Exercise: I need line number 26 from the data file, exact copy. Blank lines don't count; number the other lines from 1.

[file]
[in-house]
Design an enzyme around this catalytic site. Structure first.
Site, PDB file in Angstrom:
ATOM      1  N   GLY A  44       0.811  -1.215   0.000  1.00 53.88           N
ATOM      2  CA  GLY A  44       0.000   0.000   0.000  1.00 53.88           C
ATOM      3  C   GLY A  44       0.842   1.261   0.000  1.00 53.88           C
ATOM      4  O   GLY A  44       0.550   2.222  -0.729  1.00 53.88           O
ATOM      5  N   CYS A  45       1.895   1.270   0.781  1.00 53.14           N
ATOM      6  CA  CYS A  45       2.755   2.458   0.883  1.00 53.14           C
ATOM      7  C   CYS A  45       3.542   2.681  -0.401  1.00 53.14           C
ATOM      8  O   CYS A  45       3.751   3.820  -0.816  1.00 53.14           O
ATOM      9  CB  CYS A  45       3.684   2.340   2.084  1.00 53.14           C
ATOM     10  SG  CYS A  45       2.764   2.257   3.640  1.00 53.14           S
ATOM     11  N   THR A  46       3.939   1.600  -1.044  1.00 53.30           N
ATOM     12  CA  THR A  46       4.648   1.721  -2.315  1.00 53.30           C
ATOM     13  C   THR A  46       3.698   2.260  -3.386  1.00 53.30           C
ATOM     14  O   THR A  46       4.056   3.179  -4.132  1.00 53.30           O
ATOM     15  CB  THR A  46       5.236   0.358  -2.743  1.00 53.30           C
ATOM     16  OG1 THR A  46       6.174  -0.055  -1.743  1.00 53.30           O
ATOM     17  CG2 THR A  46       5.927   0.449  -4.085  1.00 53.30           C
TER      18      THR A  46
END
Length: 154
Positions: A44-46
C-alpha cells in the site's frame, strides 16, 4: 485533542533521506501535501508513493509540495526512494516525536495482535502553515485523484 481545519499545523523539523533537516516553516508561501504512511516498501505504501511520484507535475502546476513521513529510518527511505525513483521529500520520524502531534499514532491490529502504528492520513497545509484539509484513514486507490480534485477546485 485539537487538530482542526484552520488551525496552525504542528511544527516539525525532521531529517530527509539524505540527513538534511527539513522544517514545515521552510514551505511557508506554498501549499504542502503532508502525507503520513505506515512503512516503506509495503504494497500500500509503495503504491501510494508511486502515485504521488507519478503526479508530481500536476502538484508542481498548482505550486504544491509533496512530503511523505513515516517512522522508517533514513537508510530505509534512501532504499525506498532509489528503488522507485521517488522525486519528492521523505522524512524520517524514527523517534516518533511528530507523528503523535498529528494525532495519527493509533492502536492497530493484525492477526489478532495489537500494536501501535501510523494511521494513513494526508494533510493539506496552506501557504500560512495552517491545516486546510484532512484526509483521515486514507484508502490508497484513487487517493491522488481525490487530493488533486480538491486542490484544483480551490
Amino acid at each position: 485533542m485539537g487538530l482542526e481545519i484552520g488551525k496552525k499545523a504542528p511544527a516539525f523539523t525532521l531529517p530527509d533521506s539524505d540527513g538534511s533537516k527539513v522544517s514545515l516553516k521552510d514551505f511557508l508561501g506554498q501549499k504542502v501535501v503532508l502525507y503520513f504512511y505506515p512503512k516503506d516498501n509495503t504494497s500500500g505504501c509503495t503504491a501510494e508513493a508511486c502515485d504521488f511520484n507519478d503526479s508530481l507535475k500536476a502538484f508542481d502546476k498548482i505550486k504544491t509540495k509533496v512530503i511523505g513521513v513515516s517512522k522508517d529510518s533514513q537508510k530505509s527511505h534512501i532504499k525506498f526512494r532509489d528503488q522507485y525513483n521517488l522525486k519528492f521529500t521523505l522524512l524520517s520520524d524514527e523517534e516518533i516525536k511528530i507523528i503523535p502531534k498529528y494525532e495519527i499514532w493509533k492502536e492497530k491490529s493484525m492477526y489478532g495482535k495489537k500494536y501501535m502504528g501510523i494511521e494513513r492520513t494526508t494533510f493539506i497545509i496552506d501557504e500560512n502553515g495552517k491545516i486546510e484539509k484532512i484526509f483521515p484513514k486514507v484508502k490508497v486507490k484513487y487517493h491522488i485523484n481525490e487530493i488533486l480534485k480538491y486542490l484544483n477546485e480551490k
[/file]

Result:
Amino acid at each position: 485533542m485539537g487538530l482542526e481545519i484552520g488551525k496552525k499545523a504542528p511544527a516539525f523539523t525532521l531529517p530527509d533521506s539524505d540527513g538534511s533537516k527539513v522544517s514545515l516553516k521552510d514551505f511557508l508561501g506554498q501549499k504542502v501535501v503532508l502525507y503520513f504512511y505506515p512503512k516503506d516498501n509495503t504494497s500500500g505504501c509503495t503504491a501510494e508513493a508511486c502515485d504521488f511520484n507519478d503526479s508530481l507535475k500536476a502538484f508542481d502546476k498548482i505550486k504544491t509540495k509533496v512530503i511523505g513521513v513515516s517512522k522508517d529510518s533514513q537508510k530505509s527511505h534512501i532504499k525506498f526512494r532509489d528503488q522507485y525513483n521517488l522525486k519528492f521529500t521523505l522524512l524520517s520520524d524514527e523517534e516518533i516525536k511528530i507523528i503523535p502531534k498529528y494525532e495519527i499514532w493509533k492502536e492497530k491490529s493484525m492477526y489478532g495482535k495489537k500494536y501501535m502504528g501510523i494511521e494513513r492520513t494526508t494533510f493539506i497545509i496552506d501557504e500560512n502553515g495552517k491545516i486546510e484539509k484532512i484526509f483521515p484513514k486514507v484508502k490508497v486507490k484513487y487517493h491522488i485523484n481525490e487530493i488533486l480534485k480538491y486542490l484544483n477546485e480551490k